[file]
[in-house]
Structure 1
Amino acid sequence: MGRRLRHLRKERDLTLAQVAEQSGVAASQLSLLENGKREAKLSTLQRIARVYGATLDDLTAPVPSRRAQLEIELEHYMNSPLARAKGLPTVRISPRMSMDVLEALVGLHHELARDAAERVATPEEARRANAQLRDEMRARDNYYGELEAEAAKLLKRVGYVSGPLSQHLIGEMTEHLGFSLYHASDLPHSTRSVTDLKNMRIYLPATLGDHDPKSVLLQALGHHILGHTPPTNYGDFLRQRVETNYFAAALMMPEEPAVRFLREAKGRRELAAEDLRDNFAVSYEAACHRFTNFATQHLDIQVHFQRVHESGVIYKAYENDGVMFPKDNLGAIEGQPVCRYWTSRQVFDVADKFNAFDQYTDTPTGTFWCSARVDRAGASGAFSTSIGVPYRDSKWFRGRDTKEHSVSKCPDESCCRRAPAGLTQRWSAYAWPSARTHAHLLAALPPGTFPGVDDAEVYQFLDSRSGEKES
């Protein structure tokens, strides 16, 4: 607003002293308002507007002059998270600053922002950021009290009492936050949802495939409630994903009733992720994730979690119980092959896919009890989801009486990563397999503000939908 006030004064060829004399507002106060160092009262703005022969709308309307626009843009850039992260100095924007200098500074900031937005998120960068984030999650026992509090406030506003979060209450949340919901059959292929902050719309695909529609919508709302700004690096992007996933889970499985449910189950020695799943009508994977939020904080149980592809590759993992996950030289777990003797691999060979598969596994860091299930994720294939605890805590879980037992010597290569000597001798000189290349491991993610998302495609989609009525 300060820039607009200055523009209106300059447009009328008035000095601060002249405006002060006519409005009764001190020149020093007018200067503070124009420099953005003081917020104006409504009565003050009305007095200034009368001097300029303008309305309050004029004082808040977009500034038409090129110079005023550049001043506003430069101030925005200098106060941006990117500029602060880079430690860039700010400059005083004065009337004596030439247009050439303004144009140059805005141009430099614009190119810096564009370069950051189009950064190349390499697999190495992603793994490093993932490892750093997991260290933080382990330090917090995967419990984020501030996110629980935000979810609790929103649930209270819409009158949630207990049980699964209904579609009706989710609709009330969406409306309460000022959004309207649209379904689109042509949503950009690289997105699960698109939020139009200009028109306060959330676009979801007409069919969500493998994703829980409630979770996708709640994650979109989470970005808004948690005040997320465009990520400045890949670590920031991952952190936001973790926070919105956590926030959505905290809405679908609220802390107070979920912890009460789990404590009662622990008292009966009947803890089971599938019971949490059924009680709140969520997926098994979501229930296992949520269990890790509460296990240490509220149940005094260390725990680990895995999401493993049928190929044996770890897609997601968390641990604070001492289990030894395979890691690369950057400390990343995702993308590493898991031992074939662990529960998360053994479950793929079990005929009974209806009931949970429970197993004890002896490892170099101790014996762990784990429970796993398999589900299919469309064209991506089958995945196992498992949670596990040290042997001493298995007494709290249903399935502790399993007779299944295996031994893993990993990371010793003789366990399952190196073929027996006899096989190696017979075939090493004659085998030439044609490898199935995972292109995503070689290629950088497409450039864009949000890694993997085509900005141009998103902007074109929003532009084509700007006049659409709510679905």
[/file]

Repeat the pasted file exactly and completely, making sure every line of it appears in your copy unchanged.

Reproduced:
[in-house]
Structure 1
Amino acid sequence: MGRRLRHLRKERDLTLAQVAEQSGVAASQLSLLENGKREAKLSTLQRIARVYGATLDDLTAPVPSRRAQLEIELEHYMNSPLARAKGLPTVRISPRMSMDVLEALVGLHHELARDAAERVATPEEARRANAQLRDEMRARDNYYGELEAEAAKLLKRVGYVSGPLSQHLIGEMTEHLGFSLYHASDLPHSTRSVTDLKNMRIYLPATLGDHDPKSVLLQALGHHILGHTPPTNYGDFLRQRVETNYFAAALMMPEEPAVRFLREAKGRRELAAEDLRDNFAVSYEAACHRFTNFATQHLDIQVHFQRVHESGVIYKAYENDGVMFPKDNLGAIEGQPVCRYWTSRQVFDVADKFNAFDQYTDTPTGTFWCSARVDRAGASGAFSTSIGVPYRDSKWFRGRDTKEHSVSKCPDESCCRRAPAGLTQRWSAYAWPSARTHAHLLAALPPGTFPGVDDAEVYQFLDSRSGEKES
């Protein structure tokens, strides 16, 4: 607003002293308002507007002059998270600053922002950021009290009492936050949802495939409630994903009733992720994730979690119980092959896919009890989801009486990563397999503000939908 006030004064060829004399507002106060160092009262703005022969709308309307626009843009850039992260100095924007200098500074900031937005998120960068984030999650026992509090406030506003979060209450949340919901059959292929902050719309695909529609919508709302700004690096992007996933889970499985449910189950020695799943009508994977939020904080149980592809590759993992996950030289777990003797691999060979598969596994860091299930994720294939605890805590879980037992010597290569000597001798000189290349491991993610998302495609989609009525 300060820039607009200055523009209106300059447009009328008035000095601060002249405006002060006519409005009764001190020149020093007018200067503070124009420099953005003081917020104006409504009565003050009305007095200034009368001097300029303008309305309050004029004082808040977009500034038409090129110079005023550049001043506003430069101030925005200098106060941006990117500029602060880079430690860039700010400059005083004065009337004596030439247009050439303004144009140059805005141009430099614009190119810096564009370069950051189009950064190349390499697999190495992603793994490093993932490892750093997991260290933080382990330090917090995967419990984020501030996110629980935000979810609790929103649930209270819409009158949630207990049980699964209904579609009706989710609709009330969406409306309460000022959004309207649209379904689109042509949503950009690289997105699960698109939020139009200009028109306060959330676009979801007409069919969500493998994703829980409630979770996708709640994650979109989470970005808004948690005040997320465009990520400045890949670590920031991952952190936001973790926070919105956590926030959505905290809405679908609220802390107070979920912890009460789990404590009662622990008292009966009947803890089971599938019971949490059924009680709140969520997926098994979501229930296992949520269990890790509460296990240490509220149940005094260390725990680990895995999401493993049928190929044996770890897609997601968390641990604070001492289990030894395979890691690369950057400390990343995702993308590493898991031992074939662990529960998360053994479950793929079990005929009974209806009931949970429970197993004890002896490892170099101790014996762990784990429970796993398999589900299919469309064209991506089958995945196992498992949670596990040290042997001493298995007494709290249903399935502790399993007779299944295996031994893993990993990371010793003789366990399952190196073929027996006899096989190696017979075939090493004659085998030439044609490898199935995972292109995503070689290629950088497409450039864009949000890694993997085509900005141009998103902007074109929003532009084509700007006049659409709510679905």